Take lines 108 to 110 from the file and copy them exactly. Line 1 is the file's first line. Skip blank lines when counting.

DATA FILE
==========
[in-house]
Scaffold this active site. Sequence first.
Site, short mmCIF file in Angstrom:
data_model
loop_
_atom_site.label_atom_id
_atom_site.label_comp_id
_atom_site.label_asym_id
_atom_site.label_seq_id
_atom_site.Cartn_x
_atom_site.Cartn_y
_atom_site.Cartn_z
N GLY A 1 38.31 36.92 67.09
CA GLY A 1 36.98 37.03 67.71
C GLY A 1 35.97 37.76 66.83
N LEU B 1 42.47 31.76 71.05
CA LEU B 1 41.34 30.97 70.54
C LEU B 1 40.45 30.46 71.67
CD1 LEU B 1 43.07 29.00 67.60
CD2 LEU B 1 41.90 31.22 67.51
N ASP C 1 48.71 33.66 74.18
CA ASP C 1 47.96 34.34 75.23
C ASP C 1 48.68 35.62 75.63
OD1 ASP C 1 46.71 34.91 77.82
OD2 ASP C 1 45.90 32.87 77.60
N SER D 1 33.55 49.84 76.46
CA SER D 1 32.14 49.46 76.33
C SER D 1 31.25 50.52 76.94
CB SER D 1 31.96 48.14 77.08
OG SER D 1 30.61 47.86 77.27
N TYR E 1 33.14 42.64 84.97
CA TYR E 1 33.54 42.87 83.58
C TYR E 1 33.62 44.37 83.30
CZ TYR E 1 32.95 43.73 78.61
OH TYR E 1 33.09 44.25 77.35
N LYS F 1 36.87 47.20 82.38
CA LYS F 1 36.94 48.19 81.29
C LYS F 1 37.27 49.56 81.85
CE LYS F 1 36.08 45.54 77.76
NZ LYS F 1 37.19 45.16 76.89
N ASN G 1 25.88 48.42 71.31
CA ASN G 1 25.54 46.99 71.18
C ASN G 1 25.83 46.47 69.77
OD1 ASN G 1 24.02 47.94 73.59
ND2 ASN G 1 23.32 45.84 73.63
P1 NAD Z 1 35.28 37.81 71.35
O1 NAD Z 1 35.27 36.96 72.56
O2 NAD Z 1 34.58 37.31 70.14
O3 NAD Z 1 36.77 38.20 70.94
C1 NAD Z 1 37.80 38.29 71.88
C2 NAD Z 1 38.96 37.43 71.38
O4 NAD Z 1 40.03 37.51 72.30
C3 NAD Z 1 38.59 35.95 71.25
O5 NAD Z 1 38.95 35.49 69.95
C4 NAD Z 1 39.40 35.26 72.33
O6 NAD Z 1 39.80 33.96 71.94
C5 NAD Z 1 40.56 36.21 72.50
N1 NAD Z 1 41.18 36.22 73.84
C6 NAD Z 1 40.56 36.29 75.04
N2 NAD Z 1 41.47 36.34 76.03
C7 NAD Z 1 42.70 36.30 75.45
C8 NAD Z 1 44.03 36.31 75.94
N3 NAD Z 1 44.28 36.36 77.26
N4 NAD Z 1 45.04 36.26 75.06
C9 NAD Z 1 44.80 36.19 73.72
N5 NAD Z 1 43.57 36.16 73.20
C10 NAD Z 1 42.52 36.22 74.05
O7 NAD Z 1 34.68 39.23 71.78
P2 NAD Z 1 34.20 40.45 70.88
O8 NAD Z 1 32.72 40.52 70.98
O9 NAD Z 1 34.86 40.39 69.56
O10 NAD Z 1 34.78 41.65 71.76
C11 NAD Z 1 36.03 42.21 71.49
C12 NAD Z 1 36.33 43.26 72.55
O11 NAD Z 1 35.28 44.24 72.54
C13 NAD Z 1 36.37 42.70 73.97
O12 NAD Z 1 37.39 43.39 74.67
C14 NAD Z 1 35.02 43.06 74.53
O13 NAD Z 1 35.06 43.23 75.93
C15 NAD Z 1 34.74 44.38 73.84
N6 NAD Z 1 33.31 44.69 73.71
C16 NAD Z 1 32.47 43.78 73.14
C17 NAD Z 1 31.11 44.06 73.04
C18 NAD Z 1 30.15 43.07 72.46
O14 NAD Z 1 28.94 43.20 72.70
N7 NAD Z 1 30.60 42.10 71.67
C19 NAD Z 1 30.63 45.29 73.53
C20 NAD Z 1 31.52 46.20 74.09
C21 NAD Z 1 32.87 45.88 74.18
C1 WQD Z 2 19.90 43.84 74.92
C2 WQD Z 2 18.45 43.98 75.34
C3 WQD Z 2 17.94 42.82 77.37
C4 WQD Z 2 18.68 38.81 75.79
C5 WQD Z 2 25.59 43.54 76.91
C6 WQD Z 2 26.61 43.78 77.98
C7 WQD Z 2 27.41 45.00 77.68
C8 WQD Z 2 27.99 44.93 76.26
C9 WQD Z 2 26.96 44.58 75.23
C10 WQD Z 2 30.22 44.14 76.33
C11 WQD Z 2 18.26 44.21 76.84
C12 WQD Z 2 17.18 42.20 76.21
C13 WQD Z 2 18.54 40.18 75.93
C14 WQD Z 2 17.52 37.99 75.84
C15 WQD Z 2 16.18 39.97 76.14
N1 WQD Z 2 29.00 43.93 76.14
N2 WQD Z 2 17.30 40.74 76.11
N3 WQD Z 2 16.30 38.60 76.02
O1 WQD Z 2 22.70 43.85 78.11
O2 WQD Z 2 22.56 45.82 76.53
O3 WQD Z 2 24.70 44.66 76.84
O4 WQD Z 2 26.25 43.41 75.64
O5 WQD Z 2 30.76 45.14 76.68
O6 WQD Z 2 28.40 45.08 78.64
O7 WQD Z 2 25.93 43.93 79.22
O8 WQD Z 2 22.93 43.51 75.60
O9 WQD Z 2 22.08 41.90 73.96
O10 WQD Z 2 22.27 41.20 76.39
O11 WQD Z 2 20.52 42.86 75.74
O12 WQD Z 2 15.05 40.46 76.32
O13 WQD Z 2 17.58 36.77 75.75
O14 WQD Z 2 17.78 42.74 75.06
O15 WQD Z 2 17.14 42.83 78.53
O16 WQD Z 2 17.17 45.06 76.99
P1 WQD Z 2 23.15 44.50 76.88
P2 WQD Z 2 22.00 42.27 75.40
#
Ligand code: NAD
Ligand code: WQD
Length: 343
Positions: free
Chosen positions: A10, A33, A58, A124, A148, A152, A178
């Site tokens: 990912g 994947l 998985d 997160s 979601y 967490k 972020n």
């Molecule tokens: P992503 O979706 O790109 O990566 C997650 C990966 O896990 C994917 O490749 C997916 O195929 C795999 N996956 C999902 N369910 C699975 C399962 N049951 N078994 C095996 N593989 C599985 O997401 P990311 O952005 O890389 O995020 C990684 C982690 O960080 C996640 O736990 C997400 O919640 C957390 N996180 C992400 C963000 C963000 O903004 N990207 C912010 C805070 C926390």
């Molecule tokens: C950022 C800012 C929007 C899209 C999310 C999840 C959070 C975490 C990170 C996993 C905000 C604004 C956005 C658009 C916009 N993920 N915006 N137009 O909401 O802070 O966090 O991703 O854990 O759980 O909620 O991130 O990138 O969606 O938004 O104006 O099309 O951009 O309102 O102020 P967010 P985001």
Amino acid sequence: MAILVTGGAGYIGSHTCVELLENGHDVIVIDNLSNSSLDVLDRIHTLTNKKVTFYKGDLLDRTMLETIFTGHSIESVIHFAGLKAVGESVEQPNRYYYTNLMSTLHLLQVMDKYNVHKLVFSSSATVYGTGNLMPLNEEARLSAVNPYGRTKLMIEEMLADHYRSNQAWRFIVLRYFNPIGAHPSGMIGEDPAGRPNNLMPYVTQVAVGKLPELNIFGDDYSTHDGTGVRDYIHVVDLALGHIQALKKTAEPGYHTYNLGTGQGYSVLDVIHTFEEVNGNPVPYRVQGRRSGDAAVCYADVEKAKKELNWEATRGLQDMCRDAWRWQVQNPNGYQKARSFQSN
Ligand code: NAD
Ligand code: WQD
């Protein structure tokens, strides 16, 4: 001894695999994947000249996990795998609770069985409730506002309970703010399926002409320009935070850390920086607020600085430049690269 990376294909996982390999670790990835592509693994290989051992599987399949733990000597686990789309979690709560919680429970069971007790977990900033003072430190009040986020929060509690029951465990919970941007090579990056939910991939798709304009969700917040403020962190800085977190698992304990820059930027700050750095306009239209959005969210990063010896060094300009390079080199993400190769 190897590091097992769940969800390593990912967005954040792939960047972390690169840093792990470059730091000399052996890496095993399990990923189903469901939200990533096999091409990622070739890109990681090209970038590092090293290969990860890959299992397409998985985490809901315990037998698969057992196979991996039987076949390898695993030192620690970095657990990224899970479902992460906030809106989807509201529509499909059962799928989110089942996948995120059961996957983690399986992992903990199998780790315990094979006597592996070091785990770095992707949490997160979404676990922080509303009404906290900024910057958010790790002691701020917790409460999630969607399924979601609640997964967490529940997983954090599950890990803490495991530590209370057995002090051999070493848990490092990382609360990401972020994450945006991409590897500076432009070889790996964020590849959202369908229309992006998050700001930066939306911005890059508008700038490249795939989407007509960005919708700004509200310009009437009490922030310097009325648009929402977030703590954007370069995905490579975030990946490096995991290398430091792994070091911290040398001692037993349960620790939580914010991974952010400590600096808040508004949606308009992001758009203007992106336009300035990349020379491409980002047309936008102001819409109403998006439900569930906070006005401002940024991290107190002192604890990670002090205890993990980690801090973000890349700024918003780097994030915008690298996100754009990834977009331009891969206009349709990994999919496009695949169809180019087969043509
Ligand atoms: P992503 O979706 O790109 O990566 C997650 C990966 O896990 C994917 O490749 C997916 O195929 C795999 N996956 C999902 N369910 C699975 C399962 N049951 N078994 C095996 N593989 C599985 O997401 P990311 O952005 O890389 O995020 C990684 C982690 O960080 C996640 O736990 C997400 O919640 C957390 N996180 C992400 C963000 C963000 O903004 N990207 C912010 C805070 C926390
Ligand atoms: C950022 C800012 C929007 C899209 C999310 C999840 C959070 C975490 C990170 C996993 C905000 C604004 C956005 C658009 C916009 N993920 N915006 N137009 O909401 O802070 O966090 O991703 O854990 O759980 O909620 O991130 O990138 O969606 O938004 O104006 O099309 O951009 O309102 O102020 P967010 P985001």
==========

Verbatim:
O1 WQD Z 2 22.70 43.85 78.11
O2 WQD Z 2 22.56 45.82 76.53
O3 WQD Z 2 24.70 44.66 76.84